US v. Webster
UNPUBLISHED UNITED STATES COURT OF APPEALS FOR THE FOURTH CIRCUIT
UNITED STATES OF AMERICA, Plaintiff - Appellee, versus CRAIG WEBSTER, Defendant - Appellant.
Appeal from the United States District Court for the District of Maryland, at Greenbelt. Peter J. Messitte, District Judge. (CR04-269-PJM)
August 30, 2006
September 27, 2006
Before MOTZ, TRAXLER, and KING, Circuit Judges.
Dismissed by unpublished per curiam opinion.
James Wyda, Federal Public Defender, Martin G. Bahl, OFFICE OF THE FEDERAL PUBLIC DEFENDER, Baltimore, Maryland, for Appellant. Rod J. Rosenstein, United States Attorney, Chan Park, Assistant United States Attorney, Greenbelt, Maryland, for Appellee.
Unpublished opinions are not binding precedent in this circuit. See Local Rule 36(c).
PER CURIAM: Craig Webster pled guilty to possession of fifty grams or more of cocaine base (crack) with intent to distribute, 21 U.S.C.A. § 841(a), (b)(1)(A) (West 1999 & Supp. 2006), and was sentenced as a career offender to a term of 262 months imprisonment. Sentencing Guidelines Manual § 4B1.1 (2004). U.S.
Webster seeks to
appeal his sentence, arguing that (1) the district court erred in relying on a Maryland application of charges to find that his prior assault conviction was a predicate offense for career offender status, and (2) the sentence violated the Sixth Amendment because the predicate convictions were not charged in the indictment or proved beyond a reasonable doubt. Because Webster waived his right to appeal his sentence, we dismiss the appeal. In paragraph 12 of his plea agreement, Webster waived his right to appeal "whatever sentence is imposed . . . and any issues that relate to the establishment of the advisory guidelines range, as follows: the Defendant waives any right to appeal from any
sentence within or below the advisory guidelines range resulting from an adjusted base offense level of 34 . . . ." Webster
reserved the right to appeal a sentence that exceeded the statutory maximum permitted by law. A defendant may waive the right to appeal if that waiver is knowing and intelligent. 169 (4th Cir. 2005). United States v. Blick, 408 F.3d 162,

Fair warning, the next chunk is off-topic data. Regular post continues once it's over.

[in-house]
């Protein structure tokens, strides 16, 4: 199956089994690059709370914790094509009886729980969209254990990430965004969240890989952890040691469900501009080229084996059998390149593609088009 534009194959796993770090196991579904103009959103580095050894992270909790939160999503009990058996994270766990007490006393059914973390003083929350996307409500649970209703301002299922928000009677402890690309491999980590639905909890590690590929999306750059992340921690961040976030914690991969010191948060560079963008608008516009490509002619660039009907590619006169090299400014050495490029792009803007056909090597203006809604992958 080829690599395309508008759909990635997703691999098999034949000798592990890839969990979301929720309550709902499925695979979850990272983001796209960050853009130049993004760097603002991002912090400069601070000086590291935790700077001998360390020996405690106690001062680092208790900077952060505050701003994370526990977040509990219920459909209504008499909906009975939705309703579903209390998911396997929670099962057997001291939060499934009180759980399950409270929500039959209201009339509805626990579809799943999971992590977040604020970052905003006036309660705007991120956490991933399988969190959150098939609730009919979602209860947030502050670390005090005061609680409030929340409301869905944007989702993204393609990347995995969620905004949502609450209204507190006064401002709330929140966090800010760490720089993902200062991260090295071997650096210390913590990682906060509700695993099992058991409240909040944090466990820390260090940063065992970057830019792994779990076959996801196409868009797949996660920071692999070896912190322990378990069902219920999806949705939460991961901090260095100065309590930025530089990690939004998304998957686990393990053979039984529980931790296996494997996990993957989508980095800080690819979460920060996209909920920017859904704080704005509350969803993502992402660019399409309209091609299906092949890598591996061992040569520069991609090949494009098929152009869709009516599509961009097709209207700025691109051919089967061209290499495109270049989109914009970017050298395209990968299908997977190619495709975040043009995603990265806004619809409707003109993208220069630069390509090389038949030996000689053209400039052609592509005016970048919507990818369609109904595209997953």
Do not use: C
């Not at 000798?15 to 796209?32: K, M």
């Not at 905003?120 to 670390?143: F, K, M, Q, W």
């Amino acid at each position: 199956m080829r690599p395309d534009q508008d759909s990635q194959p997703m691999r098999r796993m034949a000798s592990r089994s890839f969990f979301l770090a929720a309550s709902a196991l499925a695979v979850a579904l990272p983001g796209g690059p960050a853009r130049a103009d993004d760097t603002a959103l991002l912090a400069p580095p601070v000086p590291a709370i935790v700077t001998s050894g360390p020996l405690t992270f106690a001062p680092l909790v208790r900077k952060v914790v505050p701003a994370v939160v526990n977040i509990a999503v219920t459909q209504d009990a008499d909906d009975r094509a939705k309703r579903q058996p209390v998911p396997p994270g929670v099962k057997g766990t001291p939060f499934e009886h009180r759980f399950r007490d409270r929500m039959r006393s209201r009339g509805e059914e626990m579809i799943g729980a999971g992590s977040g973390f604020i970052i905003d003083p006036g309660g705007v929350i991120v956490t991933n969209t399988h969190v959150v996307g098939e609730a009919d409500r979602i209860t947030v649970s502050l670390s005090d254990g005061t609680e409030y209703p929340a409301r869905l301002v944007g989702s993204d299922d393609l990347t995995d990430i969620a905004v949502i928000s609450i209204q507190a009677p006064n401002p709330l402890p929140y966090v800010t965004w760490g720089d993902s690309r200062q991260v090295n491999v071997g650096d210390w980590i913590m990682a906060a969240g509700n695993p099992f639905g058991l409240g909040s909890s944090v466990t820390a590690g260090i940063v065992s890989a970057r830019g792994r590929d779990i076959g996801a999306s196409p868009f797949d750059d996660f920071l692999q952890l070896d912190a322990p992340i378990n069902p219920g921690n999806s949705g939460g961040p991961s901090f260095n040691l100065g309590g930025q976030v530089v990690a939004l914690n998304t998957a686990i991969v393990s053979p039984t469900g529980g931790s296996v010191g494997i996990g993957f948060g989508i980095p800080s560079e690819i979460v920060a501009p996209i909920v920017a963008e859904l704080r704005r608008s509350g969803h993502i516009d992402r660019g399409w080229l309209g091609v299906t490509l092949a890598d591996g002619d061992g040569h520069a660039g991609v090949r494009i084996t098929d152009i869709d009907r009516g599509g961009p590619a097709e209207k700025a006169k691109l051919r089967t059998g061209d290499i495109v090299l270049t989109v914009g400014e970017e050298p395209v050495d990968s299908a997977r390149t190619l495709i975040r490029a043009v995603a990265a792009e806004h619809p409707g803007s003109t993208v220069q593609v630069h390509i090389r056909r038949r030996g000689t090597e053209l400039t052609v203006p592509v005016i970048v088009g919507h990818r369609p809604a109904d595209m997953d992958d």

To determine whether a waiver is knowing and
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intelligent, this court examines the background, experience, and conduct of the defendant. United States v. Broughton-Jones, 71 Generally, if the district court
F.3d 1143, 1146 (4th Cir. 1995).
fully questions a defendant regarding the waiver of his right to appeal during the Fed. R. Crim. P. 11 colloquy, the waiver is both valid and enforceable. United States v. Johnson, 410 F.3d 137, 151 (4th Cir.), cert. denied, 126 S. Ct. 461 (2005); United States v. Wessells, 936 F.2d 165, 167-68 (4th Cir. 1991). The question of
whether a defendant validly waived his right to appeal is a question of law that this court reviews de novo. at 168. Here, the district court fully complied with the Blick, 408 F.3d
requirements of Rule 11 during the plea colloquy.
forty-six years old and stated that he had graduated from high school. Webster also stated that he understood that he was waiving his right to appeal his sentence if the base offense level was 34 or below.* In his reply brief, Webster contends that the waiver does not bar his appeal because he is claiming that his sentence was imposed in violation of constitutional and statutory law. Webster
concedes that his criminal history claim was rejected by this court
The district court misstated this provision. The plea agreement provided that Webster would waive his appeal right if the "adjusted base offense level" was 34 or below. In any event, the adjusted base offense level was 32. - 3 -
in United States v. Simms, 441 F.3d 313 (4th Cir. 2006), petition for cert. filed, July 11, 2006 (No. 06-5271), after his brief was filed. He further concedes that his Sixth Amendment claim was
rejected by this court in United States v. Cheek, 415 F.3d 349 (4th Cir.), cert. denied, 126 S. Ct. 640 (2005). Although a defendant's valid waiver of his right to appeal does not prevent "appellate review of a sentence imposed in excess of the maximum penalty provided by statute or based on a constitutionally impermissible factor such as race," see United States v. Marin, 961 F.2d 493, 496 (4th Cir. 1992), Marin is of no assistance to Webster. The
statutory range for Webster's offense was ten years to life under 21 U.S.C.A. § 841(b)(1)(A) (West 1999 & Supp. 2006). The 262-month sentence he received was within the statutory range. Webster did
not reserve the right to raise a Sixth Amendment claim relating to his career offender status; moreover, this court had already rejected the Sixth Amendment claim he seeks to raise by the time he was sentenced. Webster also alleges that the waiver provision was
ambiguous because the parties agreed that he was a career offender, but did not agree on his criminal history or criminal history category. Although the agreement is somewhat equivocal about
Webster's career offender status, it is not ambiguous about his waiver of appeal right. We conclude that the waiver is
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We therefore dismiss the appeal.
We dispense with oral
argument because the facts and legal contentions are adequately presented in the materials before the court and argument would not aid the decisional process.
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